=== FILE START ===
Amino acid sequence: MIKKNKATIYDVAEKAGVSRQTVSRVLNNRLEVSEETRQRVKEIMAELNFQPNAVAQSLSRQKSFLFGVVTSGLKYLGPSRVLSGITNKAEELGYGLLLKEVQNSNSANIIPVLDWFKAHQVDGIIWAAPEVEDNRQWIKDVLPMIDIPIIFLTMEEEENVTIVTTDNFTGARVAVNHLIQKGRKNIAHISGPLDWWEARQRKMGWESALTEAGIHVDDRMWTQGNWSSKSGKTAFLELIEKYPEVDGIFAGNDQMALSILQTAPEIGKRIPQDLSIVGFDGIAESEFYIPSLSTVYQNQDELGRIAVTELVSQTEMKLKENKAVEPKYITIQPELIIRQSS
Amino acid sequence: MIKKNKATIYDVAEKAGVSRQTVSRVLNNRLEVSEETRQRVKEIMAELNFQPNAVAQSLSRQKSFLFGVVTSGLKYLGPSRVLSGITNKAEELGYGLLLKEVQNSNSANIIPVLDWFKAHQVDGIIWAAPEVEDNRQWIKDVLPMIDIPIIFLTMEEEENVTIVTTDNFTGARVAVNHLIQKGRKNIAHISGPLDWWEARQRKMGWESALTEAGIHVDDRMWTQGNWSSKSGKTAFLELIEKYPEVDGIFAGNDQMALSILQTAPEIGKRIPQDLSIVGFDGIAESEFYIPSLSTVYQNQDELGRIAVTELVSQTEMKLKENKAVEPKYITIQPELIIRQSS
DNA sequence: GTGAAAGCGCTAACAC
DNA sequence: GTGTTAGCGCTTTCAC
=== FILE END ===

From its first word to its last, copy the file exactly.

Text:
Amino acid sequence: MIKKNKATIYDVAEKAGVSRQTVSRVLNNRLEVSEETRQRVKEIMAELNFQPNAVAQSLSRQKSFLFGVVTSGLKYLGPSRVLSGITNKAEELGYGLLLKEVQNSNSANIIPVLDWFKAHQVDGIIWAAPEVEDNRQWIKDVLPMIDIPIIFLTMEEEENVTIVTTDNFTGARVAVNHLIQKGRKNIAHISGPLDWWEARQRKMGWESALTEAGIHVDDRMWTQGNWSSKSGKTAFLELIEKYPEVDGIFAGNDQMALSILQTAPEIGKRIPQDLSIVGFDGIAESEFYIPSLSTVYQNQDELGRIAVTELVSQTEMKLKENKAVEPKYITIQPELIIRQSS
Amino acid sequence: MIKKNKATIYDVAEKAGVSRQTVSRVLNNRLEVSEETRQRVKEIMAELNFQPNAVAQSLSRQKSFLFGVVTSGLKYLGPSRVLSGITNKAEELGYGLLLKEVQNSNSANIIPVLDWFKAHQVDGIIWAAPEVEDNRQWIKDVLPMIDIPIIFLTMEEEENVTIVTTDNFTGARVAVNHLIQKGRKNIAHISGPLDWWEARQRKMGWESALTEAGIHVDDRMWTQGNWSSKSGKTAFLELIEKYPEVDGIFAGNDQMALSILQTAPEIGKRIPQDLSIVGFDGIAESEFYIPSLSTVYQNQDELGRIAVTELVSQTEMKLKENKAVEPKYITIQPELIIRQSS
DNA sequence: GTGAAAGCGCTAACAC
DNA sequence: GTGTTAGCGCTTTCAC